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State gets $1.9B to protect LIRR, subways from storms

A train enters foggy Jamaica station as LIRR

A train enters foggy Jamaica station as LIRR resumes full service for the first time since superstore Sandy on Dec. 10, 2012. Credit: Patrick E. McCarthy

The federal government has awarded New York more than $1.9 billion in superstorm Sandy funding to strengthen its public transportation infrastructure, including at the Long Island Rail Road, officials announced Wednesday.

Although the $1.915 billion isn't enough to cover all the transit-hardening projects proposed by Gov. Andrew M. Cuomo in March -- including a plan to bring the Metro-North Railroad into Penn Station -- it will pay for efforts to prevent flooding at rail yards in Manhattan, Brooklyn and Queens, seal street-level openings to the New York City subway system, and to protect the East River rail tunnels primarily used by the LIRR, officials said.

"Adjusting to the new reality of extreme weather is a collaborative effort, and the more than $1.9 billion awarded today by the federal government will help us build a stronger and more resilient New York," Cuomo said in a statement. "This funding will ensure that our State has the resources it needs to continue building back stronger and better than ever before."

Of the $1.9 billion allotted to the state, $1.6 billion will go to the Metropolitan Transportation Authority, which was particularly devastated by the Oct. 29, 2012, storm. Sandy flooded rail and subway tunnels with saltwater, destroying delicate electrical components and decimating New York City Transit's Rockaway subway line.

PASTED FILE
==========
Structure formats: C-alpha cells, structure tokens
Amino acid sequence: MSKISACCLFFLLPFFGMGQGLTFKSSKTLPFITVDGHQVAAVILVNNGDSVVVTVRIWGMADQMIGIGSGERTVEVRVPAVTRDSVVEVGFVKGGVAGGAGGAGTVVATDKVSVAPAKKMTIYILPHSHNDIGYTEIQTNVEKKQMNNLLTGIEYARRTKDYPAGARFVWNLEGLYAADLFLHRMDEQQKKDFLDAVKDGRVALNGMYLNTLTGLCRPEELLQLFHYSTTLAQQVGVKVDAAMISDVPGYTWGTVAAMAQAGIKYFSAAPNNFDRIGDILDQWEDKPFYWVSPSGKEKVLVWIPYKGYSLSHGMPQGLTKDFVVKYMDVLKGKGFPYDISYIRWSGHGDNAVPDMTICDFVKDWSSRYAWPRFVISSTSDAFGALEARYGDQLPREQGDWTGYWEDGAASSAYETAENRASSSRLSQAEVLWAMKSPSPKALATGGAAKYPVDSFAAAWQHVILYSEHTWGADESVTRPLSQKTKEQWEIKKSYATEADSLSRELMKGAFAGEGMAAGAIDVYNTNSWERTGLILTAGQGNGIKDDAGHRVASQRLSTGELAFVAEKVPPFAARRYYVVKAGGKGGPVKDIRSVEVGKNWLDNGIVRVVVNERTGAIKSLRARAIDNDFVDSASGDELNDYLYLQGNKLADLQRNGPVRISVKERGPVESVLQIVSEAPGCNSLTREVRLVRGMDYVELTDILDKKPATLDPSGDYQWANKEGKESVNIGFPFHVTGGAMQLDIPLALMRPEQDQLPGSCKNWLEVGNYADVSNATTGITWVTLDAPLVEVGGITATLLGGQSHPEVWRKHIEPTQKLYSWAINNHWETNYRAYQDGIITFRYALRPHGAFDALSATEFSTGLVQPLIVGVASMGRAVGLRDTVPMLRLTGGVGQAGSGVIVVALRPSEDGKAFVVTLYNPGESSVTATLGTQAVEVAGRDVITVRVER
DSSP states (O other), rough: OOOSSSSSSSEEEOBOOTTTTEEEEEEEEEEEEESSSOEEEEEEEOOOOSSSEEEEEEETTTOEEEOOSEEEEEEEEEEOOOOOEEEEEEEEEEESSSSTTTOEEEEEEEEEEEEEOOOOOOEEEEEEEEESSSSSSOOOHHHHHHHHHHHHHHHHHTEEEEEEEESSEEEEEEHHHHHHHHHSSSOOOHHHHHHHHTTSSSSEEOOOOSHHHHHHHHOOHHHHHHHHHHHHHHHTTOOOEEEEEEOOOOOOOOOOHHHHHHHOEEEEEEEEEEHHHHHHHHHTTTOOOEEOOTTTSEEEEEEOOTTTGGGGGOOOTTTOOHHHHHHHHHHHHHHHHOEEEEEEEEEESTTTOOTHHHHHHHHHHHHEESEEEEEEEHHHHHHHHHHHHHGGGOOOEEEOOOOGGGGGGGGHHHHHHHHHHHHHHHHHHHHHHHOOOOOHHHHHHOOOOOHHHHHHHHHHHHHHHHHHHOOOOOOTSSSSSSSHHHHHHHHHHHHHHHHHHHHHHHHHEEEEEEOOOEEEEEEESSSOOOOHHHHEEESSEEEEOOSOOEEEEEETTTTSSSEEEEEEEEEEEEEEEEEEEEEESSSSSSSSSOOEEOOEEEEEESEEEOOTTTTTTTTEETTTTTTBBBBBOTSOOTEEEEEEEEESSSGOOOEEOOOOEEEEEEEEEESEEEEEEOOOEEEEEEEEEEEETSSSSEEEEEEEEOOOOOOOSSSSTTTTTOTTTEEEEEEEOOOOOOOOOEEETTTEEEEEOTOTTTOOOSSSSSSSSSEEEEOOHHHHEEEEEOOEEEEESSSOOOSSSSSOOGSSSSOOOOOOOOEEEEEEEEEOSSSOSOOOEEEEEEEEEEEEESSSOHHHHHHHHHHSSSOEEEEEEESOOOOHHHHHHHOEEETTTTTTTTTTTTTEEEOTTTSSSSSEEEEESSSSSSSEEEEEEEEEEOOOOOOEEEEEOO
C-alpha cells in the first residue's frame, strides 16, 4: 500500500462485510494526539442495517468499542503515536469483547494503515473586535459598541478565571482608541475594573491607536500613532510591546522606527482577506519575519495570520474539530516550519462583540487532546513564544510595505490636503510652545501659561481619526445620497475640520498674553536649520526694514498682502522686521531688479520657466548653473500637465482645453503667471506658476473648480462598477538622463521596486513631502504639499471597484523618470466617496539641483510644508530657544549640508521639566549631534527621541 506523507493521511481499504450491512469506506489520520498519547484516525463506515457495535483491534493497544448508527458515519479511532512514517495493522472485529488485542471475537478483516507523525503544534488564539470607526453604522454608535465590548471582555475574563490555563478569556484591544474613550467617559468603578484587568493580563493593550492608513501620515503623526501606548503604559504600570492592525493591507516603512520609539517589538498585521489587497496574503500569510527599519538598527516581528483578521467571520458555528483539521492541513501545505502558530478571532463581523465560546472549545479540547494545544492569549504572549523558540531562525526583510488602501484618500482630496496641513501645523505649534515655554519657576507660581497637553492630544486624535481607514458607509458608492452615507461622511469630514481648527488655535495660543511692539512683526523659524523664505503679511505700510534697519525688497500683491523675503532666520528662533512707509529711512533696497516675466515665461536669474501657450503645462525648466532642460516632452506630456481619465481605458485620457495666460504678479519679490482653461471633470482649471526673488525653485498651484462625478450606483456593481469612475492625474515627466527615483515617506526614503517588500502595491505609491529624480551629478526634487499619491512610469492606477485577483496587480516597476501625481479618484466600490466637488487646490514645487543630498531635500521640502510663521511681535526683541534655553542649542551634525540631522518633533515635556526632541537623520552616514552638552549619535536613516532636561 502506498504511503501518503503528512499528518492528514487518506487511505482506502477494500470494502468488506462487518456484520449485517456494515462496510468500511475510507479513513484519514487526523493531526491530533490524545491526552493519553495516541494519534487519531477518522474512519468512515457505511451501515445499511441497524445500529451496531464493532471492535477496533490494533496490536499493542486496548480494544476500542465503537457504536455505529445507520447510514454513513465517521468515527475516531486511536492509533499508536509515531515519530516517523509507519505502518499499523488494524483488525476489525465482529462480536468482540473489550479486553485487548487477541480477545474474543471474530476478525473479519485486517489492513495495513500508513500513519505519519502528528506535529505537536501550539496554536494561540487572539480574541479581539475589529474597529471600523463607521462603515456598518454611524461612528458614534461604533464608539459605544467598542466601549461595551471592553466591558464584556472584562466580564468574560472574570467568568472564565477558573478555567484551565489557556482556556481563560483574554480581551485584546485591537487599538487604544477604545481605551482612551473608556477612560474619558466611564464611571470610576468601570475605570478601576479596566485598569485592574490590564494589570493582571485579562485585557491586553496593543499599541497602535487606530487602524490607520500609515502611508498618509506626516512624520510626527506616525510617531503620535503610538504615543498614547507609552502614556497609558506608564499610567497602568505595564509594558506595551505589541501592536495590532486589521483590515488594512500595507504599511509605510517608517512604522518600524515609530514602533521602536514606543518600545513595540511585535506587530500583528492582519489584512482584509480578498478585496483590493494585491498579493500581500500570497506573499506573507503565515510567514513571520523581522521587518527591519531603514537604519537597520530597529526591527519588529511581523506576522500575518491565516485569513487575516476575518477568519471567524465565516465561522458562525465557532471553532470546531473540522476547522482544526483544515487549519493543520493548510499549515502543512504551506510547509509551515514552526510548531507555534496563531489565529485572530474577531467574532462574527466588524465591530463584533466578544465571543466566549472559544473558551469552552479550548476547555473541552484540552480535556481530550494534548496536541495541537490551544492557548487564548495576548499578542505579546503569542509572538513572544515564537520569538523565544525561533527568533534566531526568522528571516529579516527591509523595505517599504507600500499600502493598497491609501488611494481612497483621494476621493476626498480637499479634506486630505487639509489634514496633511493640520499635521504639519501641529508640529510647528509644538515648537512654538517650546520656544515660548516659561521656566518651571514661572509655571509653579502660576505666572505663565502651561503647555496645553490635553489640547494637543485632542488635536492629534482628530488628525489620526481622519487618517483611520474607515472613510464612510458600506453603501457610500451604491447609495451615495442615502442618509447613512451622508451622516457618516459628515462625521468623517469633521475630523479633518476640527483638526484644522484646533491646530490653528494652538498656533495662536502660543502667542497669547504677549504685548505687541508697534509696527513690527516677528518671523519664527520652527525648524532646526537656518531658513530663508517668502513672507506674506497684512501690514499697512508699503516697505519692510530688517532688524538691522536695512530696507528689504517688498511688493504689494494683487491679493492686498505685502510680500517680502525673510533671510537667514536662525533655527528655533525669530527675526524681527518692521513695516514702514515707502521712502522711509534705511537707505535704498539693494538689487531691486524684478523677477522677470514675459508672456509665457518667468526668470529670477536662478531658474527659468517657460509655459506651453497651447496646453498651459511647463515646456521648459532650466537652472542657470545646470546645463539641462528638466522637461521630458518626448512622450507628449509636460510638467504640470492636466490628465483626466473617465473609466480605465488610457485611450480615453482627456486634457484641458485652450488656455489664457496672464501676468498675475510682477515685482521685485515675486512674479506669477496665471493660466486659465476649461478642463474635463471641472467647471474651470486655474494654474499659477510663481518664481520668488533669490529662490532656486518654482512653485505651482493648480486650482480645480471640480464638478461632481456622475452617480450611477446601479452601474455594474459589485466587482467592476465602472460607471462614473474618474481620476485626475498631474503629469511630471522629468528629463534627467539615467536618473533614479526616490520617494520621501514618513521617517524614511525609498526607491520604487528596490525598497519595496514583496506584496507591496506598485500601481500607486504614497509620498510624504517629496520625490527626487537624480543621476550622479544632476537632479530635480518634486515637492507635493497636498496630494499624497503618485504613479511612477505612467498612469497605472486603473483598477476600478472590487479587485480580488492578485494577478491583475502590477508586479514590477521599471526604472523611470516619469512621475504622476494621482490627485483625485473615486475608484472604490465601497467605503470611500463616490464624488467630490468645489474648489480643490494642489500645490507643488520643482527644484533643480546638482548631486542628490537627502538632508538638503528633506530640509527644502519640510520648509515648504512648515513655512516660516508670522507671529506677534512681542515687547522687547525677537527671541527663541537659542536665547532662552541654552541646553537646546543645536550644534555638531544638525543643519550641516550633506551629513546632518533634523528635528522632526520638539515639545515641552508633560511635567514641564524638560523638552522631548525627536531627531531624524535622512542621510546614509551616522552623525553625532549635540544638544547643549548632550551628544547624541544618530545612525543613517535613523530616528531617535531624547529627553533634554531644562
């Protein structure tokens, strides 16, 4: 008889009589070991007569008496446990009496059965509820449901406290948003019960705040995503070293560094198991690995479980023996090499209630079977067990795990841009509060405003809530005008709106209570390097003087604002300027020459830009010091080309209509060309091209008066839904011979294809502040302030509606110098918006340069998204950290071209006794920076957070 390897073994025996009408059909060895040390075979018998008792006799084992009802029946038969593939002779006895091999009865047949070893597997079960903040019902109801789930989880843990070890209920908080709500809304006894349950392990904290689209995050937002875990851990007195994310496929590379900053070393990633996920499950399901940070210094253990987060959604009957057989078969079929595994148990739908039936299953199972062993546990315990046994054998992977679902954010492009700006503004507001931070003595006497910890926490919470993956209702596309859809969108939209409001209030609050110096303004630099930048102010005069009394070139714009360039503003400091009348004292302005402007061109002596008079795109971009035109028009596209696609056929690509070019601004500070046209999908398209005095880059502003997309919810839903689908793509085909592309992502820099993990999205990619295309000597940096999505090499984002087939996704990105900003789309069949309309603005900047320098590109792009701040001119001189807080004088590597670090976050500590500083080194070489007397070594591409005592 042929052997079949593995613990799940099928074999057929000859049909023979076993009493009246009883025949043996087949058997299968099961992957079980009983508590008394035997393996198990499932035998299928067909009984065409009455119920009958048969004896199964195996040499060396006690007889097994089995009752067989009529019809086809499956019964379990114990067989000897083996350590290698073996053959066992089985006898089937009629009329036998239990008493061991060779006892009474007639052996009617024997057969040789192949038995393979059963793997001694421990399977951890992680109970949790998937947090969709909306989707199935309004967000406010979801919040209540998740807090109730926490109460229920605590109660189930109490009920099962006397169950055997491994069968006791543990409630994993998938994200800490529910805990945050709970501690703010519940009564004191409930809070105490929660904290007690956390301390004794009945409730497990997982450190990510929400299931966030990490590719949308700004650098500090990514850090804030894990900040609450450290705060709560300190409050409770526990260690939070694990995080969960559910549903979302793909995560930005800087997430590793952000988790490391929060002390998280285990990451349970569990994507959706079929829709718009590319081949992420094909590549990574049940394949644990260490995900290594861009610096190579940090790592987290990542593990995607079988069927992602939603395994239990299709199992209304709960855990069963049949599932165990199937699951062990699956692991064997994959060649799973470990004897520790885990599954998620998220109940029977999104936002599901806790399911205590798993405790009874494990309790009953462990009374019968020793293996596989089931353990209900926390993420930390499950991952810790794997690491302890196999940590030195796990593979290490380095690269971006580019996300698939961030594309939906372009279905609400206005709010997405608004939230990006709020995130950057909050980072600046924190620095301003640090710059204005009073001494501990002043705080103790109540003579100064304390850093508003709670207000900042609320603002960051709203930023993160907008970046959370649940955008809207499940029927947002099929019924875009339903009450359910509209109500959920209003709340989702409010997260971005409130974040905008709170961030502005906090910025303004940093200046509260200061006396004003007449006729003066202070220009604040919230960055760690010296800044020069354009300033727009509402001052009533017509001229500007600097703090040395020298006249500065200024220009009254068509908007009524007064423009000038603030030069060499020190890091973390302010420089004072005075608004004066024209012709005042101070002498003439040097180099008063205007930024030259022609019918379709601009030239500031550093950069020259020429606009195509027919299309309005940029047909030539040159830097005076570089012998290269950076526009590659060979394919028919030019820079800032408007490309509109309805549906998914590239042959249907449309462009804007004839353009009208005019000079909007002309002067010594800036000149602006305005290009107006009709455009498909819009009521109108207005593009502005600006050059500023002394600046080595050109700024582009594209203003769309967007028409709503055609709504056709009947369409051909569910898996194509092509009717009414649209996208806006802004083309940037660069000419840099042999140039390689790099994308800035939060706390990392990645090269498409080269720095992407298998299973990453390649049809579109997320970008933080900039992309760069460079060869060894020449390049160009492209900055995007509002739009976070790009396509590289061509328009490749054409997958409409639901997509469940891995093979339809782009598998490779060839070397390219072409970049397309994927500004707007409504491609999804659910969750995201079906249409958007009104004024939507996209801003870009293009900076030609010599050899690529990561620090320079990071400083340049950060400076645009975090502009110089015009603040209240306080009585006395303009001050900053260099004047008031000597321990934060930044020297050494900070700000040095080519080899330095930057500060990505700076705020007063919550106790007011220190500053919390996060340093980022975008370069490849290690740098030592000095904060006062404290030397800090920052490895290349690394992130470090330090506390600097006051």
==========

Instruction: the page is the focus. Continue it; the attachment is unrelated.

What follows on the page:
Regular service on the R subway line, impacted by the flooding of the Montague Tube tunnel under the East River, was not restored until Sunday -- nearly two years after the storm.

"With each passing day, the MTA puts superstorm Sandy further behind us as we restore service and repair our infrastructure," said MTA chairman Thomas Prendergast. Next week, he will unveil further efforts to shore up the transit system with the release of the agency's next five-year capital plan.

"But we also know that similar events are ahead, so we are building back better, making our transportation network stronger, more resistant to major storms and thus more resilient," Prendergast said.

The Port Authority of New York and New Jersey will receive $212 million in Federal Transit Administration funding for New York projects, and the New York City Department of Transportation will get about $200 million, officials said.

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